COVID-19 Variant Network – Implementation of serological and molecular tools to inform COVID‑19 patient management

Lerner-Ellis, Jordan P | $100,000

Ontario Sinai Health System 2021 CIHR Operating Grant

Severe acute respiratory syndrome coronavirus (SARS-CoV-2) is a novel virus that causes COronaVIrus Disease 2019 (COVID-19). There is considerable variability in symptom severity and outcomes among patients infected by SARS-CoV-2. Linking genome and viral sequencing information to antibody (immune) response and other biological information (sex, age, ancestry, symptom severity, comorbidities, and outcome) may identify characteristics of patients that are associated with poor and favourable outcomes. This study will address three aims. Aim 1: Identify the characteristics of the antibody response that result in maintained immune response and better patient outcomes. Aim 2: Determine impact of genetic differences on COVID‑19 infection severity and immune response. Aim 3: Determine impact of different viral strains on antibody response and patient outcomes. Patients with COVID‑19 will be recruited from Sinai Health System, University Health Network, Baycrest Health Sciences and William Osler Hospital System. Patients seen in the emergency department with mild symptoms as well as hospital in-patients with more severe symptoms will be consented. Blood samples will be collected when patients are in hospital and 6 months and 1 year after COVID‑19 diagnosis. Neutralizing antibody levels will be measured at all time points. Patient and viral genomes will be sequenced. Statistical analysis will be used to test for associations between antibody levels, genetic variation, viral genome variation, and patients’ characteristics including age, sex, ancestry, comorbidities, and symptom severity. This study will link serological, genomic and patient characteristics to provide a comprehensive understanding of factors that contribute to variability in clinical symptoms and outcomes among COVID‑19 patients. Evidence from this study will determine if immune response, viral strain and genome sequencing are effective for the diagnosis, prognosis and management of patients with COVID-19.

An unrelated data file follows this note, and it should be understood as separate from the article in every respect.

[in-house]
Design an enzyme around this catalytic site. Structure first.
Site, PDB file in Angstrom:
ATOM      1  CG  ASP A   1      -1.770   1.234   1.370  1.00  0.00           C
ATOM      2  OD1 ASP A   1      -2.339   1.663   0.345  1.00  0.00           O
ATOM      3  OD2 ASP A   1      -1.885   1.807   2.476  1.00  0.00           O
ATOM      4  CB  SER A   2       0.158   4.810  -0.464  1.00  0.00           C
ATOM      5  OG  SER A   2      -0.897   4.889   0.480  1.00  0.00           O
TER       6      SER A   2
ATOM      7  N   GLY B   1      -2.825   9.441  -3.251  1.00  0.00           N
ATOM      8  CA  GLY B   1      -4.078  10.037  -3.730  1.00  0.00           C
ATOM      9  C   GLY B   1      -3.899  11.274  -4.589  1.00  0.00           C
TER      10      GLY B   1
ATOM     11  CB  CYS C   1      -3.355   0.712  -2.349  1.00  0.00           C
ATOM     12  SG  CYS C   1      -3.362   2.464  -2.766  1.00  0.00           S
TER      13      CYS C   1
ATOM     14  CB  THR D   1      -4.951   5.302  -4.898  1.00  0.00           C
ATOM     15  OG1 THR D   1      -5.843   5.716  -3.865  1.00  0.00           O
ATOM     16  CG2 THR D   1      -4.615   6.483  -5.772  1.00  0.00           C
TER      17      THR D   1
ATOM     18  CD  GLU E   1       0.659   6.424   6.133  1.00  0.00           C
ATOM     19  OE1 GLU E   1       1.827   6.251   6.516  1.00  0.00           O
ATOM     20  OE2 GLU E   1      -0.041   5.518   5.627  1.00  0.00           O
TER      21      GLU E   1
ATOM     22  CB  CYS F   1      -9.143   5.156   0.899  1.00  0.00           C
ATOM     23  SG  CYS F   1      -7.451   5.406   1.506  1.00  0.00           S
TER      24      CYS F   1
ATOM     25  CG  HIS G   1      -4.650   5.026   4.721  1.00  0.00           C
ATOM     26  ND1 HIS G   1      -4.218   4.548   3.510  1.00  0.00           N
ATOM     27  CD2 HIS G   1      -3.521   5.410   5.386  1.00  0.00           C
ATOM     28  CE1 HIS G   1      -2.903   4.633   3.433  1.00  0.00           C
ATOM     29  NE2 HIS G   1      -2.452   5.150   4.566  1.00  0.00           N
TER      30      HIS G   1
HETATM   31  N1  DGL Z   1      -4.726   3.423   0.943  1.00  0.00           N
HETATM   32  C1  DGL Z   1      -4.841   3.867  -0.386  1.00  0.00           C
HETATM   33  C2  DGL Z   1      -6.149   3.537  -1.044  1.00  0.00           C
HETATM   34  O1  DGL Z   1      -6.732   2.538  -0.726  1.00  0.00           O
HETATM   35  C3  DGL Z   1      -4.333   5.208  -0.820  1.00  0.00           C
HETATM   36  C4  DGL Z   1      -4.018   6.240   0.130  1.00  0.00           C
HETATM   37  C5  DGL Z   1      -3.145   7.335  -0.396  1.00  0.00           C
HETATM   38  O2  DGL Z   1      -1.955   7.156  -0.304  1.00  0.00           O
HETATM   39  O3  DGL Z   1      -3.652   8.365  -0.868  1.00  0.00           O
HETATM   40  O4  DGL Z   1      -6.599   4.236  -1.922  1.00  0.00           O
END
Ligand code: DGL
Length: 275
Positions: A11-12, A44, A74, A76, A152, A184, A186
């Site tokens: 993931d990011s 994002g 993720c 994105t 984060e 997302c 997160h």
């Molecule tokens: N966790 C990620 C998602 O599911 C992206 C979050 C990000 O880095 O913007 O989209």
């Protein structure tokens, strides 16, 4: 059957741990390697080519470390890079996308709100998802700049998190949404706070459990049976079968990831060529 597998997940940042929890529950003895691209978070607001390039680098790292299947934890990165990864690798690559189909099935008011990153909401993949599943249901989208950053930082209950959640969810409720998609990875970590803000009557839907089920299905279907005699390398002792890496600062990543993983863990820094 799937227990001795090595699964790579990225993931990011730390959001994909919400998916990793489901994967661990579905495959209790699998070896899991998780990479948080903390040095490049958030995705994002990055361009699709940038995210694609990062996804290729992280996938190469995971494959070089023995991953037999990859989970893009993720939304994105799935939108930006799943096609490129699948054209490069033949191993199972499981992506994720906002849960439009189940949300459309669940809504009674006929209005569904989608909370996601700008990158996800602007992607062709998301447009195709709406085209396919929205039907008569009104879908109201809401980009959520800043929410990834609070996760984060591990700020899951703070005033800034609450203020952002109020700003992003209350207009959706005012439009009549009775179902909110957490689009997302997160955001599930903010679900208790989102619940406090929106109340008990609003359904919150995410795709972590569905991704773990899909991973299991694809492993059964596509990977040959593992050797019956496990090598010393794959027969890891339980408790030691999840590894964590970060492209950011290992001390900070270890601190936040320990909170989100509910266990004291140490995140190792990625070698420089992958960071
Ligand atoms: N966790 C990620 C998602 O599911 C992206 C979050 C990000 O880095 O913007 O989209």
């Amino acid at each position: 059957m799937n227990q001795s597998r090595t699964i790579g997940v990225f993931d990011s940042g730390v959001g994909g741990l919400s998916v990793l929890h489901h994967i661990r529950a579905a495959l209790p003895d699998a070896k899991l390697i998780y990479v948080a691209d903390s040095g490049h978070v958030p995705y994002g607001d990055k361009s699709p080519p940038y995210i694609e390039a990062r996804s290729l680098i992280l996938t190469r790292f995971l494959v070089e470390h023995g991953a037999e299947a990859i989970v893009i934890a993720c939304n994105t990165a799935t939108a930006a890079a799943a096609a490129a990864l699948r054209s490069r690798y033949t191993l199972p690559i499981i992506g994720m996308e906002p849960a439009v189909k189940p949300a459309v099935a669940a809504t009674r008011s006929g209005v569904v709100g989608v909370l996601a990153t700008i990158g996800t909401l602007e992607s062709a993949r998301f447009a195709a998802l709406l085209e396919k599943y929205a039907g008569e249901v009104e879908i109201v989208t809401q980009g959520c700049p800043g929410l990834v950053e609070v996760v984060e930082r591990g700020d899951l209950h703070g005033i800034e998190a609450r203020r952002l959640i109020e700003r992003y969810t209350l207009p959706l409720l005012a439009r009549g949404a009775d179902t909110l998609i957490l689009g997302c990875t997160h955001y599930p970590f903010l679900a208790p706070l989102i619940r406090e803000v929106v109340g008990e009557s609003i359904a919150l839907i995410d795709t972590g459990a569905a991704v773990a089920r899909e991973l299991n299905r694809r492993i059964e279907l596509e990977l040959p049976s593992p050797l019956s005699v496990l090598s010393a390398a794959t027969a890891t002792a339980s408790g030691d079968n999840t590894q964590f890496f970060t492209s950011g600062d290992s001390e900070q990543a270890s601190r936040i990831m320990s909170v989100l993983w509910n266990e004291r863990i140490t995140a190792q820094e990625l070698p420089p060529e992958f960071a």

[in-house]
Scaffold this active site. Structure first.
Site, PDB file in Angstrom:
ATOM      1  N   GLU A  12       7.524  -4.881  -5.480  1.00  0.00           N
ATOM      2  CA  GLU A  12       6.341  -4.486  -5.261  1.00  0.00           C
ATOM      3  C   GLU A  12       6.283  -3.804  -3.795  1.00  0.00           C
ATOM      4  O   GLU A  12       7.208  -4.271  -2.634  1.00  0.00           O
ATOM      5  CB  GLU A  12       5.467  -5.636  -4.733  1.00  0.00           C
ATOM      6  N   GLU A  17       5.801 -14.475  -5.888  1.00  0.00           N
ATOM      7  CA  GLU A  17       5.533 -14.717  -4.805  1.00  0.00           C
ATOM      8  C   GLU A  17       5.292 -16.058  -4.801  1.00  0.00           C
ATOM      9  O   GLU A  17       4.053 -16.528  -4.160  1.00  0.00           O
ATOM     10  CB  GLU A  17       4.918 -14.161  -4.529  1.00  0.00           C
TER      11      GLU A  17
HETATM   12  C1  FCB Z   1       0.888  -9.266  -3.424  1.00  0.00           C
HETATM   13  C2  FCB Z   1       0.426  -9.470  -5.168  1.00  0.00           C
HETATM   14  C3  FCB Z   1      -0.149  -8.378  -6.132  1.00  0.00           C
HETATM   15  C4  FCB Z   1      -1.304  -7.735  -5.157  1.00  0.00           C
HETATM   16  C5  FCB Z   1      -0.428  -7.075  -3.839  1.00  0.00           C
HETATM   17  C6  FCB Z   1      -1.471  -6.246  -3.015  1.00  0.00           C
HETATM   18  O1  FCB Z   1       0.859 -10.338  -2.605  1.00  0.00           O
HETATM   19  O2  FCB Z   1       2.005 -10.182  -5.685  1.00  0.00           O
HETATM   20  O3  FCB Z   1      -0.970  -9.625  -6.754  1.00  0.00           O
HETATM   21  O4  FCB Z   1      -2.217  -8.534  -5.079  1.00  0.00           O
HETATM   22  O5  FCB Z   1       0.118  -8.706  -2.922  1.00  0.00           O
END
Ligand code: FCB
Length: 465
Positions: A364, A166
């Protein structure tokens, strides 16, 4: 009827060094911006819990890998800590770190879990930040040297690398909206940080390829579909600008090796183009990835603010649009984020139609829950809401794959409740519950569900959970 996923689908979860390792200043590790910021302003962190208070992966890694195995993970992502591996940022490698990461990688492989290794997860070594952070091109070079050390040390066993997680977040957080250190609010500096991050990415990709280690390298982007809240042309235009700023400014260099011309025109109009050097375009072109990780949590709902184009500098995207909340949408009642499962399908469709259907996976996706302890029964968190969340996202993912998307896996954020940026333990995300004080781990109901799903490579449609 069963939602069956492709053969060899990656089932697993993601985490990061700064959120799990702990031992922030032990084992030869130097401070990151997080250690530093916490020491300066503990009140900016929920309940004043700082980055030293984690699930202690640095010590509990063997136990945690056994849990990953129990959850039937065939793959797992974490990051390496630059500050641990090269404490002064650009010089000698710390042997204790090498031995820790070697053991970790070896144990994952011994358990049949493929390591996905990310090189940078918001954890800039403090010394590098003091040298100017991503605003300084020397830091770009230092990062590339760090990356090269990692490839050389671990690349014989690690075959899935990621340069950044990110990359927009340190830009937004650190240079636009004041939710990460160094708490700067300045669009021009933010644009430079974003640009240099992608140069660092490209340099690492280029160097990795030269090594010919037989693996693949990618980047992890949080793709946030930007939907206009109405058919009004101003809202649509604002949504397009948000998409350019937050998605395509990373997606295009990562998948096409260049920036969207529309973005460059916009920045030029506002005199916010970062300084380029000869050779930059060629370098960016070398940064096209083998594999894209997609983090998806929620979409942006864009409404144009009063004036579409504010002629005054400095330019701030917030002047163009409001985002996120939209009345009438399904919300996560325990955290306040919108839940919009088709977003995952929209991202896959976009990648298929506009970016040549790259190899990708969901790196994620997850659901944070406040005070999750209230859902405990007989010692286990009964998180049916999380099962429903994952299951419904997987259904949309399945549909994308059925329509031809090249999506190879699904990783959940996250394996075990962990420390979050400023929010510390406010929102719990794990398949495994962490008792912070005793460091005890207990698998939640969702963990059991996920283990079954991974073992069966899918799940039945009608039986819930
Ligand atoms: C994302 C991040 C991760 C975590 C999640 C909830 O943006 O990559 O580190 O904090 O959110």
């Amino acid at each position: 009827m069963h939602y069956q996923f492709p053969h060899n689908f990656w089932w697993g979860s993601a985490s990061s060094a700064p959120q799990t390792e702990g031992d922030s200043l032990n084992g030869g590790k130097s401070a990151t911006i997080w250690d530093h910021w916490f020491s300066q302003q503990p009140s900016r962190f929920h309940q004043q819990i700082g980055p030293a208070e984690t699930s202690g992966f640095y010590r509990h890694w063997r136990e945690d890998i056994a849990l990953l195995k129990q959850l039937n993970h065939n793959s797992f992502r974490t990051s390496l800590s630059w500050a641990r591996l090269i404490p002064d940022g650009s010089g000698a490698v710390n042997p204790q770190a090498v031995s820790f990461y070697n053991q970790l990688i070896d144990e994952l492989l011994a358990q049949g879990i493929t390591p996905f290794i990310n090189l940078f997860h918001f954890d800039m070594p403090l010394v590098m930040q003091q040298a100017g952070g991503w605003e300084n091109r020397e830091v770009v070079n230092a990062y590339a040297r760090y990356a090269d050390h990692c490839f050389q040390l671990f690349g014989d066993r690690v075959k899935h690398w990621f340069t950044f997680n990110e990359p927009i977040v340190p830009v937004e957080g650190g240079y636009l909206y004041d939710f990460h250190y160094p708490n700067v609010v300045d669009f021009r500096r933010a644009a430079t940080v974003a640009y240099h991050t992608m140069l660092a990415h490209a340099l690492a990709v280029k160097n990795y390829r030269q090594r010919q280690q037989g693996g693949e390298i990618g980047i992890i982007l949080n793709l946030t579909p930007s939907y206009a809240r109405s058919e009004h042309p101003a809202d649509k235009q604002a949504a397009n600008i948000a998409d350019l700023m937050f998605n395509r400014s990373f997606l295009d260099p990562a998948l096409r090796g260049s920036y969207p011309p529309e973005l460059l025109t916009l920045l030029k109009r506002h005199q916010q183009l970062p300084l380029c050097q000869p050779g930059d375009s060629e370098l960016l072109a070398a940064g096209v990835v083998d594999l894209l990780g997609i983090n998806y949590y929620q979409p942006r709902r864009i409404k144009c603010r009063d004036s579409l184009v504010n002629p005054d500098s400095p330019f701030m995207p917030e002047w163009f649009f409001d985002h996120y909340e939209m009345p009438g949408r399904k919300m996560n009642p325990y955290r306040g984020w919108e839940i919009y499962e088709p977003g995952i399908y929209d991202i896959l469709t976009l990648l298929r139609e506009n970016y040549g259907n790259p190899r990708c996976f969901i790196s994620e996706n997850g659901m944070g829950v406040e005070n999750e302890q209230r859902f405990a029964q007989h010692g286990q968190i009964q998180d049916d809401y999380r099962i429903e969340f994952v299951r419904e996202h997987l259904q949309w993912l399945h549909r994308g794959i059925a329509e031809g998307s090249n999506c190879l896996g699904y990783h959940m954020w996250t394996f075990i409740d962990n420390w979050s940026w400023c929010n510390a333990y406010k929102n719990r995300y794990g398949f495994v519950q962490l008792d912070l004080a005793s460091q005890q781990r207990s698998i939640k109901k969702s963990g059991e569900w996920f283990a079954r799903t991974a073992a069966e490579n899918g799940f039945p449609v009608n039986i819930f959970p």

With funding from the Government of Canada

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